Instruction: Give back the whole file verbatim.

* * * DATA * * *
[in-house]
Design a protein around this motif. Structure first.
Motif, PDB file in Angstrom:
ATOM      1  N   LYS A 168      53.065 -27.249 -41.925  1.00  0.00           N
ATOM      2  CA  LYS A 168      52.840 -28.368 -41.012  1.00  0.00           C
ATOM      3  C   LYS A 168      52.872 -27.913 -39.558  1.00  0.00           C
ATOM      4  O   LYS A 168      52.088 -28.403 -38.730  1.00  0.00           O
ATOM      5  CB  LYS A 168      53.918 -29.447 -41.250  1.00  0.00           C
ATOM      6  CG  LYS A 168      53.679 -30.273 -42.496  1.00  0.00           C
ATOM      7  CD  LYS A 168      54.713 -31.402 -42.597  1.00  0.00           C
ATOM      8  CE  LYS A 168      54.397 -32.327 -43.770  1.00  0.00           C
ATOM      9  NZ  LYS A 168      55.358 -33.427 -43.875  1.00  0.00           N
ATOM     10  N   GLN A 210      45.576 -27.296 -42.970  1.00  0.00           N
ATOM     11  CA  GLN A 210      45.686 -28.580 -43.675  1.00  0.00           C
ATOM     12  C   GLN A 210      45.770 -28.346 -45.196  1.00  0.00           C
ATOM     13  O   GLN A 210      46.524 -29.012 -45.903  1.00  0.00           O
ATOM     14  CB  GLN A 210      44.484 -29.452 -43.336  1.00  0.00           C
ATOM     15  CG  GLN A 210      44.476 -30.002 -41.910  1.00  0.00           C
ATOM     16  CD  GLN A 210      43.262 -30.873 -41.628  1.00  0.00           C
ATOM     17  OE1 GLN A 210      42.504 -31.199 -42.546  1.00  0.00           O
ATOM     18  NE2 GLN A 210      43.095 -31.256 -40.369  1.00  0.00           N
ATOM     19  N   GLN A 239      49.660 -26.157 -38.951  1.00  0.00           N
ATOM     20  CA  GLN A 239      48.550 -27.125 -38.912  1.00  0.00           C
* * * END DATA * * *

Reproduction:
[in-house]
Design a protein around this motif. Structure first.
Motif, PDB file in Angstrom:
ATOM      1  N   LYS A 168      53.065 -27.249 -41.925  1.00  0.00           N
ATOM      2  CA  LYS A 168      52.840 -28.368 -41.012  1.00  0.00           C
ATOM      3  C   LYS A 168      52.872 -27.913 -39.558  1.00  0.00           C
ATOM      4  O   LYS A 168      52.088 -28.403 -38.730  1.00  0.00           O
ATOM      5  CB  LYS A 168      53.918 -29.447 -41.250  1.00  0.00           C
ATOM      6  CG  LYS A 168      53.679 -30.273 -42.496  1.00  0.00           C
ATOM      7  CD  LYS A 168      54.713 -31.402 -42.597  1.00  0.00           C
ATOM      8  CE  LYS A 168      54.397 -32.327 -43.770  1.00  0.00           C
ATOM      9  NZ  LYS A 168      55.358 -33.427 -43.875  1.00  0.00           N
ATOM     10  N   GLN A 210      45.576 -27.296 -42.970  1.00  0.00           N
ATOM     11  CA  GLN A 210      45.686 -28.580 -43.675  1.00  0.00           C
ATOM     12  C   GLN A 210      45.770 -28.346 -45.196  1.00  0.00           C
ATOM     13  O   GLN A 210      46.524 -29.012 -45.903  1.00  0.00           O
ATOM     14  CB  GLN A 210      44.484 -29.452 -43.336  1.00  0.00           C
ATOM     15  CG  GLN A 210      44.476 -30.002 -41.910  1.00  0.00           C
ATOM     16  CD  GLN A 210      43.262 -30.873 -41.628  1.00  0.00           C
ATOM     17  OE1 GLN A 210      42.504 -31.199 -42.546  1.00  0.00           O
ATOM     18  NE2 GLN A 210      43.095 -31.256 -40.369  1.00  0.00           N
ATOM     19  N   GLN A 239      49.660 -26.157 -38.951  1.00  0.00           N
ATOM     20  CA  GLN A 239      48.550 -27.125 -38.912  1.00  0.00           C